Implementation Research: Explain and Predict

In the last couple of posts, I have written about implementation research as discussed in the online article posted on BJM, Implementation research: what it is and how to do it. "Implementation research aims to cover a wide set of research questions, implementation outcome variables, factors affecting implementation, and implementation strategies.”[1]

To date, I’ve introduced the ‘explore’, ‘describe’, and ‘influence’ objectives. During the ‘explore’ phase, researchers develop a hypothesis about the outcome of a program intervention. The ‘describe’ objective builds upon the hypothesis, seeking to understand the context in which implementation occurs. The ‘influence’ objective tests the hypothesis – the program theory.

Once a program’s influence has been demonstrated, explaining why and how the influence occurs supports the ability to predict what will happen in future iterations of implementation. I love this! I used to do ‘explaining and predicting’ when working for a utility. Well, the economist I hired also did this.

This brilliant economist built a predictive model to assess the influence of various programs, including DSM programs, on our key accounts’ satisfaction with the utility. Having this model in place, combined with action plans linked to the drivers of satisfaction, increased our third-party[2] implemented key account satisfaction survey ranking from the bottom of the second quartile to the top decile in 18 months. This implementation research embedded within our delivery of key account programs, coupled with key account manager SMART[3] goals, drove this improvement.

The table below summarizes the explore and predict objectives for implementation research.[4]


In the Next Issue

In the next issue, I will tackle the term ‘actionable intelligence’...unless a more pressing topic pops up.

[1]  Peters, D. H., Adam, T., Alonge, O., Agyepong, I.A., & Tran, N. (2013). Implementation research: what it is and how to do it. BMJ 2013;347:f6753.


[3] Although there are various designations for the letters in the SMART acronym, we used Specific, Measureable, Actionable, Realistic, and Timely.

[4] Peters, D. H., Adam, T., Alonge, O., Agyepong, I.A., & Tran, N. (2013). Implementation research: what it is and how to do it. BMJ 2013;347:f6753., Table 2.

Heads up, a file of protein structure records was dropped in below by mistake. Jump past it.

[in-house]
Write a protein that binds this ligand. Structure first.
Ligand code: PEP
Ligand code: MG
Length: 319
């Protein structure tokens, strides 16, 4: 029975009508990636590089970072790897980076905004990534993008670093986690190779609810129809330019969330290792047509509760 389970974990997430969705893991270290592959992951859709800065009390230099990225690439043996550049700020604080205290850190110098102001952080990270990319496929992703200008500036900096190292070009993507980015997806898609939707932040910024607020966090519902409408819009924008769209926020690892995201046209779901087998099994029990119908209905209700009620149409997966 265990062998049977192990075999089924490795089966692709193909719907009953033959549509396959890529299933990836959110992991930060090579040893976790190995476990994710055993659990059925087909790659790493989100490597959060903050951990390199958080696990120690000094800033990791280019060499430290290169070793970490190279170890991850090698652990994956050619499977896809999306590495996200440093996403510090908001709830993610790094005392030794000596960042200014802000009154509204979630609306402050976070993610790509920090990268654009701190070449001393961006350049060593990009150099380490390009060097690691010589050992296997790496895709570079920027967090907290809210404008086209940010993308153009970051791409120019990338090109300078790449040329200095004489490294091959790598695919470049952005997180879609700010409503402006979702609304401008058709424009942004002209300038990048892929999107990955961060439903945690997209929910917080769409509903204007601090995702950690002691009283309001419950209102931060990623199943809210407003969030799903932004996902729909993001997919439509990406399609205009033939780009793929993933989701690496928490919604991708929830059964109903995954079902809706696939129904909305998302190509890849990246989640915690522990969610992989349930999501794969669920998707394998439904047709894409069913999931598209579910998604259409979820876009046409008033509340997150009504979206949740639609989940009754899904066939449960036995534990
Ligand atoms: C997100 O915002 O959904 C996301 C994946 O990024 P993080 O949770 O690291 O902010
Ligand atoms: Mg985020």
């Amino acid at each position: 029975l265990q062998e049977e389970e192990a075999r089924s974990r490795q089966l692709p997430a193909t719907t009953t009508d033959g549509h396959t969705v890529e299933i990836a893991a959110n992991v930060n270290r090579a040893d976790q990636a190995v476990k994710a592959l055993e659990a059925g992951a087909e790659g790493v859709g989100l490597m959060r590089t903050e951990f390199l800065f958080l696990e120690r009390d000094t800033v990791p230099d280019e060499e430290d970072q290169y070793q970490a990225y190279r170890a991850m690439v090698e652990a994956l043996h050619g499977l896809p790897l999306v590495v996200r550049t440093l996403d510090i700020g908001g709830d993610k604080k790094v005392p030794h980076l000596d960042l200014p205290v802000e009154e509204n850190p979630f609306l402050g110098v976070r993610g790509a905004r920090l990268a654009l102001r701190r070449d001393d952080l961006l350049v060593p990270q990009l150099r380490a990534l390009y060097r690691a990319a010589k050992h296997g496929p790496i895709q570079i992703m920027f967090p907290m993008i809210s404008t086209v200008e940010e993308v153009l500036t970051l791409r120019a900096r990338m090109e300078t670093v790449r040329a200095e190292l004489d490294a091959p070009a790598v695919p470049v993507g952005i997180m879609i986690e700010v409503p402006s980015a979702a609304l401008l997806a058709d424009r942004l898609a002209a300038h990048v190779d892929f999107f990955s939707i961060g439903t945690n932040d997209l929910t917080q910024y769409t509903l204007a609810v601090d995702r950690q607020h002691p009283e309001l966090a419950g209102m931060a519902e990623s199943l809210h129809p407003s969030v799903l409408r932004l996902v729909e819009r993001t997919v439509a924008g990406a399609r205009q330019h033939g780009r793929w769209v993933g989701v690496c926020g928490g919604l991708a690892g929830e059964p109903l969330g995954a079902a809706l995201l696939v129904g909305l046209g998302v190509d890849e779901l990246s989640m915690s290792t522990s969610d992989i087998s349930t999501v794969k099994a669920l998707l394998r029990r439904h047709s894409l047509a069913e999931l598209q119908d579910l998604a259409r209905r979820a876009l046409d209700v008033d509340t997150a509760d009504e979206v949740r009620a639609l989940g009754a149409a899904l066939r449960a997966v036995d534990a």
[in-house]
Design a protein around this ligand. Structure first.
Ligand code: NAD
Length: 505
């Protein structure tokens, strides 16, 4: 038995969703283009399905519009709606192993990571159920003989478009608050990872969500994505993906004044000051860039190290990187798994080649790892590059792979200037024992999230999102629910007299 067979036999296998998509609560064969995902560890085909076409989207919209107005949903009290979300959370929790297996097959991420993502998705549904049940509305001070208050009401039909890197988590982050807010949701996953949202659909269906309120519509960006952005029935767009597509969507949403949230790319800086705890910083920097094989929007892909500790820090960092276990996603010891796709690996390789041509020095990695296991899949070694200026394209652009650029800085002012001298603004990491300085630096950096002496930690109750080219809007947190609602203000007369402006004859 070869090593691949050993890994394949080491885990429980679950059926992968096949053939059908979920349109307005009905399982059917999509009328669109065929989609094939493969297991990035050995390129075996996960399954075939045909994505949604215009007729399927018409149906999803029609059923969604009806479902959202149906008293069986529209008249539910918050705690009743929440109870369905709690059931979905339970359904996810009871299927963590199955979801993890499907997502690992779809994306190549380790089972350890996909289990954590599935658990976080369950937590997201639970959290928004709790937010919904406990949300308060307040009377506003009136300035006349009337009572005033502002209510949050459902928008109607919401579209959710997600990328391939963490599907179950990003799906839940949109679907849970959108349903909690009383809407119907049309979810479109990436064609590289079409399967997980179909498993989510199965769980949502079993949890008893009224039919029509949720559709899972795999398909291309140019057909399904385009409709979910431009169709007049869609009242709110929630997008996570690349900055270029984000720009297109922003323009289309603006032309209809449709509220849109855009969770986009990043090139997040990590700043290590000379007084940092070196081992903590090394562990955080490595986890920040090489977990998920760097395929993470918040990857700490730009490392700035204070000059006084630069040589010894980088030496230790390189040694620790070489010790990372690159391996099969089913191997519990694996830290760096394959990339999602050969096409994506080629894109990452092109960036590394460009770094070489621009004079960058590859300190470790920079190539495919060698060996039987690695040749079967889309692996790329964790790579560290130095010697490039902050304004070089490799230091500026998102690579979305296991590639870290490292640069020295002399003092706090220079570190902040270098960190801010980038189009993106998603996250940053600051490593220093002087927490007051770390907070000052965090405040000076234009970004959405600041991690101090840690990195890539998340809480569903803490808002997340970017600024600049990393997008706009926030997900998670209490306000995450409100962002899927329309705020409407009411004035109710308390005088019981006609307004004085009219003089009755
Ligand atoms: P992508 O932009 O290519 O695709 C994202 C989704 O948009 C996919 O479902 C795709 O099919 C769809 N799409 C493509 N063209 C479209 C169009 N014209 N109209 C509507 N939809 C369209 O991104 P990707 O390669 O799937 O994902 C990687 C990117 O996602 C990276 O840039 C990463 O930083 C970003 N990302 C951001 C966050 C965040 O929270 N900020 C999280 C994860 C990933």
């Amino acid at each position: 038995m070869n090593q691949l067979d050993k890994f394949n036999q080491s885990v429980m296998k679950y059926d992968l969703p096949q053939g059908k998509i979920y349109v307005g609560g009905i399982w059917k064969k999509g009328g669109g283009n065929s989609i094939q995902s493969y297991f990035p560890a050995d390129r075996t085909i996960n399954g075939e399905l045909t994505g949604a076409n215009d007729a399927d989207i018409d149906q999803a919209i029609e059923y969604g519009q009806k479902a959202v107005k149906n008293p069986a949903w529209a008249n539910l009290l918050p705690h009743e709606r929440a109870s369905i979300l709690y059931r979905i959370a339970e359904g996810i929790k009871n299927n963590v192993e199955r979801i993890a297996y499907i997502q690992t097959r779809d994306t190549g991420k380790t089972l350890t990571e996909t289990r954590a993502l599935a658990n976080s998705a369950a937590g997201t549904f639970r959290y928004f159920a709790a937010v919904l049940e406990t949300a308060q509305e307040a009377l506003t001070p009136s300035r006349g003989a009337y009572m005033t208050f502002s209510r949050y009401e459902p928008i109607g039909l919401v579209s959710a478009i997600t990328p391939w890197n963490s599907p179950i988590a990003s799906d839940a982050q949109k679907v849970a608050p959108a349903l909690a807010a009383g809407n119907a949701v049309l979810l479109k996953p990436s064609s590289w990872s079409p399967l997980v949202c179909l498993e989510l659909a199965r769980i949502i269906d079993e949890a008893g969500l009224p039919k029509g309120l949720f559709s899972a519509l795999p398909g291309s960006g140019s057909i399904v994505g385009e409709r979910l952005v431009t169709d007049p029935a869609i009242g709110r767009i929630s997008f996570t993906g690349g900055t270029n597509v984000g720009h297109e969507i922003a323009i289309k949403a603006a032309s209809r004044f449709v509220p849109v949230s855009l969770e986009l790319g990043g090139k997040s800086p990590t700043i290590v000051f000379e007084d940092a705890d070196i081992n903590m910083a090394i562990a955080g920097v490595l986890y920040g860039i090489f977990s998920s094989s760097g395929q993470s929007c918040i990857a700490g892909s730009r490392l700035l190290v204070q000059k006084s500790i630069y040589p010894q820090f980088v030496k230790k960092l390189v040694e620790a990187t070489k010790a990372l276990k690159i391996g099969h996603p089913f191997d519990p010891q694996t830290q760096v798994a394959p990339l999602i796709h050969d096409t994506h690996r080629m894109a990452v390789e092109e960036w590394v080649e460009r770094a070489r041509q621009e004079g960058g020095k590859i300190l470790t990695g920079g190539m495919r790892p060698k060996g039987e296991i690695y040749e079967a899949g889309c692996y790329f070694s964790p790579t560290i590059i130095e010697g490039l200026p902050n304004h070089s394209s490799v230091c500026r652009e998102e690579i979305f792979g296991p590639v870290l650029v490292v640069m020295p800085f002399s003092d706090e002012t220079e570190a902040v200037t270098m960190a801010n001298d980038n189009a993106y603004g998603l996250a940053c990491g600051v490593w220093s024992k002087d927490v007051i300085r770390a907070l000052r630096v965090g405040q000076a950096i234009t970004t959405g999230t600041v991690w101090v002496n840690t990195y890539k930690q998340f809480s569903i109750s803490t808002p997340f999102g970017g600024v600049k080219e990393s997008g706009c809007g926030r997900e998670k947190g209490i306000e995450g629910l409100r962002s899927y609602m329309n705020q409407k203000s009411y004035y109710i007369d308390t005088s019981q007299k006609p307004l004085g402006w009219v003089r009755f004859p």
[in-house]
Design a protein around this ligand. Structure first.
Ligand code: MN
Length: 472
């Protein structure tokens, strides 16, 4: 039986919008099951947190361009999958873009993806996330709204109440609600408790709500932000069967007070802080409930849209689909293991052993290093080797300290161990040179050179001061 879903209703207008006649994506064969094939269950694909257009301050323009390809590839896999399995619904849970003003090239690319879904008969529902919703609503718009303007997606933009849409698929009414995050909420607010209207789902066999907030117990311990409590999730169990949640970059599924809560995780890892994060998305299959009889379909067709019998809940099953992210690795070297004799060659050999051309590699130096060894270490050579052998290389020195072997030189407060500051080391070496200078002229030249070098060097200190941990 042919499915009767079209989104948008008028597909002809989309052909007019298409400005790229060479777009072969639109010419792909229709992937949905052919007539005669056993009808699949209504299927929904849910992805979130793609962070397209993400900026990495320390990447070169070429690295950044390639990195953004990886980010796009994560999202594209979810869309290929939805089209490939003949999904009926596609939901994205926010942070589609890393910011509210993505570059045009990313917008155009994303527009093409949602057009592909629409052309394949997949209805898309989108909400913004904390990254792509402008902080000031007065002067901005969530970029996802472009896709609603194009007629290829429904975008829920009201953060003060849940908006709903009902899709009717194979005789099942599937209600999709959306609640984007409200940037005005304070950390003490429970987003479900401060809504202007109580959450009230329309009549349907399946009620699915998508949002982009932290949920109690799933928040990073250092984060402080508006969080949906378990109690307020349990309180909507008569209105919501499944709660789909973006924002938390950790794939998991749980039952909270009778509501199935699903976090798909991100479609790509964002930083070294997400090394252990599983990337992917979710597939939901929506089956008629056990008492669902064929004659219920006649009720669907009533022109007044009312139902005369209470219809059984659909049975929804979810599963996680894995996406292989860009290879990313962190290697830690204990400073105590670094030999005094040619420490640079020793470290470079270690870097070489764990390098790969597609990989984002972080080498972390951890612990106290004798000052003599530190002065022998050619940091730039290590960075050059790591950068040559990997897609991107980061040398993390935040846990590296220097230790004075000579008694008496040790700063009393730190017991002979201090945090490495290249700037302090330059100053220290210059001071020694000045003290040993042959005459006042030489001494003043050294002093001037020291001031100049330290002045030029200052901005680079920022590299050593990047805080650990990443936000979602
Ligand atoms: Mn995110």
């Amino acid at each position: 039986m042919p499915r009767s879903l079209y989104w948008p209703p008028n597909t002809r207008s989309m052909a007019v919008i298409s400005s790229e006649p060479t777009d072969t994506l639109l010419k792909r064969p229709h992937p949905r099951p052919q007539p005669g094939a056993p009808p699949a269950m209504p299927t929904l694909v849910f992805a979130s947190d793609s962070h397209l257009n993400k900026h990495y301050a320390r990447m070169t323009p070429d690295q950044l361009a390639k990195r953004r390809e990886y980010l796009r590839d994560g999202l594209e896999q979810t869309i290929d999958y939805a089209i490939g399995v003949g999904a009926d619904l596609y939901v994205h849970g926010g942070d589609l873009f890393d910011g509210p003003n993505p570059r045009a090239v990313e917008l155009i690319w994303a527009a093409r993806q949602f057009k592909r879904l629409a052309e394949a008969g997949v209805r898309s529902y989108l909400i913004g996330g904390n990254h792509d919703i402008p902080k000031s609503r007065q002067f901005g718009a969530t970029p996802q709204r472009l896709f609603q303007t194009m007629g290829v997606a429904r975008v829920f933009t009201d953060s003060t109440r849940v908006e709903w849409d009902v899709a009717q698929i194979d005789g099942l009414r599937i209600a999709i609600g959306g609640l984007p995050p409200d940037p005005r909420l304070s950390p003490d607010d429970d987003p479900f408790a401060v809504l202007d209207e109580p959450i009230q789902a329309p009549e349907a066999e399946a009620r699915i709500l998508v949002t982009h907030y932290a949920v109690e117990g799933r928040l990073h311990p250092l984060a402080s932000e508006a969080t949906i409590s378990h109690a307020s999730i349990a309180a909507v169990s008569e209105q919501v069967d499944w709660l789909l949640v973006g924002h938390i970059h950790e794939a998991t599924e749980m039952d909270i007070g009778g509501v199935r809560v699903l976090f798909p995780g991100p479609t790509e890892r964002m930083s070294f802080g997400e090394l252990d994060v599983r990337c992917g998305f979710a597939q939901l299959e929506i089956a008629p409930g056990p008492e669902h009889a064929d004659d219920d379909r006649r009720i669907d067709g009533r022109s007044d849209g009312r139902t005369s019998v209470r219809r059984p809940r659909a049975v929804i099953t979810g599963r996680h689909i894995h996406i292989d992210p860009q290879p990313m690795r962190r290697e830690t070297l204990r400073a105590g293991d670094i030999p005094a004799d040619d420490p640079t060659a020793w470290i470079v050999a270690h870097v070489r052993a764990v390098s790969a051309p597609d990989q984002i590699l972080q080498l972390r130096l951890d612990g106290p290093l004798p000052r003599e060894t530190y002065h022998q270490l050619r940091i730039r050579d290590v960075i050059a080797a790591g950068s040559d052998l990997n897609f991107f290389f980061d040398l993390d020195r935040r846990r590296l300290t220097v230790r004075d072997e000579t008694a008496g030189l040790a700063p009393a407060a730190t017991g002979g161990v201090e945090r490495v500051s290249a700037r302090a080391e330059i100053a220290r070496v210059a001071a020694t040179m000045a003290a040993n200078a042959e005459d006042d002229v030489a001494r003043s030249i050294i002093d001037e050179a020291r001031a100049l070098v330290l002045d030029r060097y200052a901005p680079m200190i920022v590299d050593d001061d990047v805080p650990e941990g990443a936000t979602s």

About This Blog

We are on the brink of an evaluation renaissance. Smart grids, smart meters, smart buildings, and smart data are prominent themes in the industry lexicon. Smarter evaluation and research must follow. To explore this evaluation renaissance, I am looking both inside and outside the evaluation community in a search for fresh ideas, new methods, and novel twists on old methods. I am looking to others for their thoughts and experiences for advancing the evaluation and research practice.

So, please…stay tuned, engage, and always, always question. Let’s get smarter together.

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Teresa Lutz

Earlier in my career, I worked for a utility supporting the design and delivery of energy conservation programs through evaluation and research. At that time, I did not love the evaluation process or the evaluation community. The value of evaluation was a tough sell to my coworkers, and I agreed the evaluation process and results could be better. We wanted more timely feedback, recommendations we could implement, and insight beyond what we already knew. As a consultant, I hold those experiences close. I avoid doing ‘evaluation for evaluation’s sake’. I am fixated on figuring out the Big WHY of what we do, what works and what doesn’t. It is through knowing this that we can improve and prosper in this industry.

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